December 4, 2005 -- The "Ideas" section of today's Baltimore Sun included a short photo-based item by Elizabeth Malby about two "baby nurses" who are helping a local woman who recently gave birth to quintuplets. A longer November 27 story by Nicole Fuller about the quintuplets also included discussion of these care providers. Both pieces describe them as "nurses," but they appear to be infant care providers who at most have taken a CPR class, not health professionals with years of college-level science training. Of course, such providers often wrongly refer to themselves as "nurses." The main provider profiled here, Meredith Ball, builds much of her web site around the term "babynurse." But this marketing practice and the Sun's effective endorsement of it reinforce the common view that any nurturing female may properly be termed a "nurse," regardless of her health training or skill. Because that basic misunderstanding is a factor in the nursing crisis, the Sun's pieces reflect serious reporting and editing failures. more...
January 3, 2006 -- Today the lead health stories on the New York Times site illustrated some of the more subtle ways in which the public's notion that nurses are peripheral may be reinforced. A "Cases" piece by Abigail Zuger, MD, "Cleaning Up the Mess of Medicine in the Pages of Posterity," describes the essential human struggles, screwups, and dramas of front-line health care that are not recorded in the "medical journals." Though Zuger never explicitly takes credit for nurses' work, her persistent use of the undefined term "we" in describing care activities in which nurses actually take the lead, along with her almost complete failure to mention nurses, will reinforce the impression that most readers already have that physicians do everything of importance, including handling difficult, abusive, messy ED patients, and providing the full range of bedside care. Of course, a significant part of the problem is that physicians provide the vast majority of expert health content to the mainstream media, and as if to prove this, two of the three lead health pieces on the Times site today were written by physicians. The other, Richard A. Friedman, MD's "Well-Served as Patients, Dissatisfied as Customers," manages to discuss hospital patient satisfaction without using the word "nurse." It seems to us that nurses will never get full credit for their work by waiting for others to provide that credit. Instead, nurses must do everything they can to speak up for themselves in the media. more...
New Center FAQ:
Q: Is it OK if we keep saying that only nurses who currently work at the bedside are "real nurses?" Demonizing everyone else helps us fight for workers' rights!
A: That's totally fine, unless, of course, you'd like nursing to be considered an autonomous, scientific profession. It's understandable that bedside nurses and their advocates resent what they believe to be the disregard for their concerns about staffing and other key issues on the part of some nursing executives, academics, policy-makers and consultants. Good bedside nursing requires an extraordinary combination of intellect, skill, courage, and strength, and when other nurses seem not to appreciate that, it is especially distressing. The same is true when nurse executives make television ads suggesting that because they do not favor certain staffing legislation, "nurses" in general do not. But to say that nurses are not "real" nurses simply because they do not currently provide direct care will suggest to many members of the public that nursing is not a real profession whose members might actually be senior health policymakers, executives, and scholars, but a category of rank-and-file workers who happen to provide custodial care to patients. In fact, by the "real nurse" standard, Florence Nightingale would not have been considered a nurse for most of her career. more...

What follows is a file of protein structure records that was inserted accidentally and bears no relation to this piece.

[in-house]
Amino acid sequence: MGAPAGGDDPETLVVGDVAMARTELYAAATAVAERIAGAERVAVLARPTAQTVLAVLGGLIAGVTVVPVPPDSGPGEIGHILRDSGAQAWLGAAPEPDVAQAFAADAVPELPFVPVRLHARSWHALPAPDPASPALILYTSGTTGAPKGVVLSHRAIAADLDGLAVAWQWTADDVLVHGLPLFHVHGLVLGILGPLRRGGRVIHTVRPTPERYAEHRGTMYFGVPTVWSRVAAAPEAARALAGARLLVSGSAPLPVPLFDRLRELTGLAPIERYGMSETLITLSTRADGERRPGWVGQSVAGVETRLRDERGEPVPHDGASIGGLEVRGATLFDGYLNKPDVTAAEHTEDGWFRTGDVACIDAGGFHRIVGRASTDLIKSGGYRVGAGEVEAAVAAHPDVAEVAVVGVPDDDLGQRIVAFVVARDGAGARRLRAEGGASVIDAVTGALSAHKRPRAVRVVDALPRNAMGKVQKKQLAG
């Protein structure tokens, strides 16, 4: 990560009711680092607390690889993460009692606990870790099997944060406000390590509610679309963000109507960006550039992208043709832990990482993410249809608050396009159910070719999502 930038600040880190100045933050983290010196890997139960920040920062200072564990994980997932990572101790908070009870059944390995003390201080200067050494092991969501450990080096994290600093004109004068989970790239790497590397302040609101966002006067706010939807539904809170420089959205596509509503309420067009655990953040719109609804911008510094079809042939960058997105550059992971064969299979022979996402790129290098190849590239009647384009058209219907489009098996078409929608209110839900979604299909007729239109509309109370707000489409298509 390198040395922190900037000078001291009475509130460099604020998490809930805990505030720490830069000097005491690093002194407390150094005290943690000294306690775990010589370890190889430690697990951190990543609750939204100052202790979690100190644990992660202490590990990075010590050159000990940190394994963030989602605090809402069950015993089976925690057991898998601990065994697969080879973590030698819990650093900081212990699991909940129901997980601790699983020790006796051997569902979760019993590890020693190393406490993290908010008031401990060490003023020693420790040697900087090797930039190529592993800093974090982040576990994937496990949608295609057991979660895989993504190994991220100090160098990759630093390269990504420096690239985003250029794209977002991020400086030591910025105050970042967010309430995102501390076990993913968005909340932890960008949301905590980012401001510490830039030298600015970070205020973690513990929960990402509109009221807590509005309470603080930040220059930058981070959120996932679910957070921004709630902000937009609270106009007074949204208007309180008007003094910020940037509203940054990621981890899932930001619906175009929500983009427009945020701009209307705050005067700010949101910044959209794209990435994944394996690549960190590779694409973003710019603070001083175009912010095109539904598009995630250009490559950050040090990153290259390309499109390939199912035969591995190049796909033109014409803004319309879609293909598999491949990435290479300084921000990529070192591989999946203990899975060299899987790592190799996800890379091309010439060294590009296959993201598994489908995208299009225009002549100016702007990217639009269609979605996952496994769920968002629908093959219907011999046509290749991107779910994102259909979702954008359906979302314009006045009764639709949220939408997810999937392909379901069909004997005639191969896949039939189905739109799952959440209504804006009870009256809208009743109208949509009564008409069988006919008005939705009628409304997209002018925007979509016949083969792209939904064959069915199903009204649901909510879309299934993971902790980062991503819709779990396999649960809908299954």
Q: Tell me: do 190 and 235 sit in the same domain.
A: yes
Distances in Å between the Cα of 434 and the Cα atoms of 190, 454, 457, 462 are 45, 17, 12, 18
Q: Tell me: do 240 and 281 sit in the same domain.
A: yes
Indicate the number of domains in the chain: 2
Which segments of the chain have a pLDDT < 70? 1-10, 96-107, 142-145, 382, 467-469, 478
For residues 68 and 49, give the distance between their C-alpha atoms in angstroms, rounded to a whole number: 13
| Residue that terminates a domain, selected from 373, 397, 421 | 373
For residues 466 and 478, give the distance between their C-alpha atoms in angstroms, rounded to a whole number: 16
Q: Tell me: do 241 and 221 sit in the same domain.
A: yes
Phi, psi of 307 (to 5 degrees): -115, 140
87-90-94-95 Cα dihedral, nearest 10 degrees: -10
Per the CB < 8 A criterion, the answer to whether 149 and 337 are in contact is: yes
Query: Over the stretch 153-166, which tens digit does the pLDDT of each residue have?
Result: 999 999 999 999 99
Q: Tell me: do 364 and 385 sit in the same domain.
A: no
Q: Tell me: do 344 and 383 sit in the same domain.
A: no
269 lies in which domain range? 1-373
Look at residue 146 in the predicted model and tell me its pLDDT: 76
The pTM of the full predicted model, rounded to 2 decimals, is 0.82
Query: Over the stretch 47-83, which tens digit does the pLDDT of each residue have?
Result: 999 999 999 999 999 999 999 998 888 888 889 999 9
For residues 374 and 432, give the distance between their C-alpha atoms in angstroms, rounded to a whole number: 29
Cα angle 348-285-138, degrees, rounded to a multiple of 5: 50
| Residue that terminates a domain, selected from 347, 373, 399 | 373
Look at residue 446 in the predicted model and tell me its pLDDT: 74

Media coverage on the Golden Lamp Awards
The Center's Golden Lamp Awards, issued late last month, are being covered widely in the mainstream and nursing media. In addition to the publication of Award highlights in the January issue of the American Journal of Nursing, which partnered with us to release the awards, there have been several prominent national press stories so far. An Internet Broadcasting Systems story with the headline "Popular Hospital Shows Panned By Nurses Group" ran on the web sites of at least 30 US network television affiliates last week. The New York Post's Michael Starr featured the awards in his December 29 "Starr Report" entertainment column under the headline "Bad Medicine?" On January 4, All Headline News ran a short piece about the awards by Christina Ficara with the headline "Nursing Profession Unhappy with Media Portrayal." And on January 12, the influential newspaper industry publication Editor & Publisher ran an article about the Awards by Nekoro Gomes headlined "Print Press Receives Clean Bill of Health From Nursing Advocacy Groups." That headline, of course, is not an accurate summary of the Center's view of print press coverage of nursing. Though we said that most of the best portrayals we saw were in the print press, many of the worst were also. In fact, the print press frequently publishes pieces that ignore or marginalize nursing. But the text of the Editor & Publisher story does discuss the specific awards in some detail, and in general we're happy for the coverage.
Stories we are working on:
January 10, 2006 -- CVS has recently launched a 30-second television commercial featuring a CVS pharmacist telling an anecdote to illustrate his concern for patients. He tells how, on his own time, he visited one of his customer's homes for a few hours one day to teach him how to administer his wife's 20 different medications. The pharmacist says that he was "teaching [the husband] what he needed to know, now that he was a nurse. He'd never been a nurse before. That was new to him." Of course, it's also new to us that you can become a nurse through a four-hour session with a pharmacist. We have been in contact with CVS and the company has assured us that it will look into it. We are not starting a campaign at this time, but please check the next news alert for follow-up.
American Association of Blood Banks
January 10, 2006 -- Our supporters have alerted us to a commercial they find to be damaging, which is sponsored by the American Association of Blood Banks, now running across the US. We will report on this in the next news alert. In the meantime, if you have seen the ad, please send your comments to email@example.com and please copy us at firstname.lastname@example.org. Thank you.
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Sandy Summers, RN, MSN, MPH
The Truth About Nursing
203 Churchwardens Rd.
Baltimore, MD USA 21212-2937